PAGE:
On a second last evening the party was so fierce that we thought that this must be the final culmination. But no, next evening we were pondering why locals gather after sunset in small boats to the river. Anyhow we went to sleep, and it was quite a wakeup when the massive fireworks started from the raft next to us in the middle of the river. Well, we of course had to climb out of the bed and went admiring the fireworks as well.
We went exploring by crisscrossing the streets of Porto and Vila Nova de Gaia that is located on the other side of the river. Of course, we had to visit the world’s most beautiful bookshop – Livaria Lello, from where J K Rowling got inspiration to the world of Harry Potter when she lived in Porto in 90s. The bookstore was extremely popular among Harry Potter fans that first you must queue for the entrance ticket. Then there is the second queue for entering the shop. There is also a discount for the amount on ticket if you purchase any books. We would have loved to get something home but despite almost all patrons being foreigners, all the books were in Portuguese. Well, I guess it is one way of keeping the ticket money as most people would not be able to purchase anything they understand.
The baroque style church of Clérigos and its tower that rises to 75.6 meters is looking inviting for having a broader view of the city from above. We climbed 240 steps to the sixth floor of the tower but the view from there was a disappointment to Andrus. The scenery in Viana do Castelo was much better compared to Porto. Maybe part of the disappointment was the dirty, urine smelling, and graffiti smeared walls of the staircase. You could think that one of the most visible sightseeing places would have been maintained better. Maybe it brings in so much money that it does not matter. Fortunately, there are a lot of alternative places for sightseeing, and we can forget about the Torre dos Clérigos.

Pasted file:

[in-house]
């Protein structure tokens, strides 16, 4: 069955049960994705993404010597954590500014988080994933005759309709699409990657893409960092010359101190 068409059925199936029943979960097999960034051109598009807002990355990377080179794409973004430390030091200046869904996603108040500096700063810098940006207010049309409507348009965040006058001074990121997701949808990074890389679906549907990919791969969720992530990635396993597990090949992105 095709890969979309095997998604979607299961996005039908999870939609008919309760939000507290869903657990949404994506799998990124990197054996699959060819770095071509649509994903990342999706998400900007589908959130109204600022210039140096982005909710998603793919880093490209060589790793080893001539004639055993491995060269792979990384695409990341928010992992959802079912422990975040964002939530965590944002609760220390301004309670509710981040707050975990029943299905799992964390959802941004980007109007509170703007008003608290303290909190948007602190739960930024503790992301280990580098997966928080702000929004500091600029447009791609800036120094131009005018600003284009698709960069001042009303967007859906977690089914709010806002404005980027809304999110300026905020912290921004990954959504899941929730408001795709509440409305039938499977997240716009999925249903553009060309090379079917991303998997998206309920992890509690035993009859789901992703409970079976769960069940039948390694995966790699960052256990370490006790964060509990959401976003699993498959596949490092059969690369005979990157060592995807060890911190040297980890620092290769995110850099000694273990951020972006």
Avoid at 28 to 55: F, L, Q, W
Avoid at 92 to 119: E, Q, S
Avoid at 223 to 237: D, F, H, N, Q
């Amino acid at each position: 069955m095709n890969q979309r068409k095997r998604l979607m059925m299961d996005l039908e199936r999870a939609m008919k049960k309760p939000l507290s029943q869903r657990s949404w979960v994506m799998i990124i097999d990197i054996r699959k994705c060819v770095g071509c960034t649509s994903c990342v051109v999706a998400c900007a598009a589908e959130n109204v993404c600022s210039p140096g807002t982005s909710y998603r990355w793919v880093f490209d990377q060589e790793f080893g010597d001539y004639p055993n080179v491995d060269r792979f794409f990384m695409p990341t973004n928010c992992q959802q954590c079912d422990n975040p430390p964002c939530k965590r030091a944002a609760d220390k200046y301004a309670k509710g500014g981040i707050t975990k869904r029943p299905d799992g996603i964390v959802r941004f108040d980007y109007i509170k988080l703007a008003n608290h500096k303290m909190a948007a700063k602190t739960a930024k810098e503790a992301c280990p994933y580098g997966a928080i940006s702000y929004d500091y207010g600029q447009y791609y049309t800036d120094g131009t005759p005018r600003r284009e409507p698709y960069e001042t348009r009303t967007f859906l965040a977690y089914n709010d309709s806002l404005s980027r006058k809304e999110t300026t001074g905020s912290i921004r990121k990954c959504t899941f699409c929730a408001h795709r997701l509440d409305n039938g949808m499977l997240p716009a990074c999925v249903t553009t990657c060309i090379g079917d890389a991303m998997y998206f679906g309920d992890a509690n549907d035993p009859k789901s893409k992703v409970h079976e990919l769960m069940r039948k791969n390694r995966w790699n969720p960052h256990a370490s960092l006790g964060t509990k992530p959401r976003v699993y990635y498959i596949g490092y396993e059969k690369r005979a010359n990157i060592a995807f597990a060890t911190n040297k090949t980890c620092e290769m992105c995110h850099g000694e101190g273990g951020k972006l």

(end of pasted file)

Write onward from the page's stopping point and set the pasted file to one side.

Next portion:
Of course, the story of Porto must conclude to the port wine. Actually, we became delighted of port wine only a few years ago when our friend brought a bottle of Cockburn’s Special Reserve to us on a social evening. We fell for it so much that we had to purchase it again ourselves. It was rather obvious of which vineyard we wanted to visit now in Porto. The marina fee included one visit to port wine tasting but instead we took Bolt and drove to the vineyard of Cockburn’s.
In the city of Vila Nova de Gaia on the other side of the Douro river there are multitude of vineyard wine cellars and most of them organize guided tours and wine tastings. The price included tasting of three different type and different age port wines and we selected two different selections so we could taste even more variety at the same time.
The guide explained the phases of making port wine as we were walking around the long rows of huge vats. All the grapes of port wine are grown in the valleys around the river of Douro and you can also take a river cruise for visiting the plantations and learn about growing the grapes in more detail. It was surprising to us the river of Douro is continuing over 900 km across the Portugal and Spain.
During the tour we also got to see the private collection of the yard’s owners that dates back to the 19th century. We wonder if they will ever dare to open any of these bottles?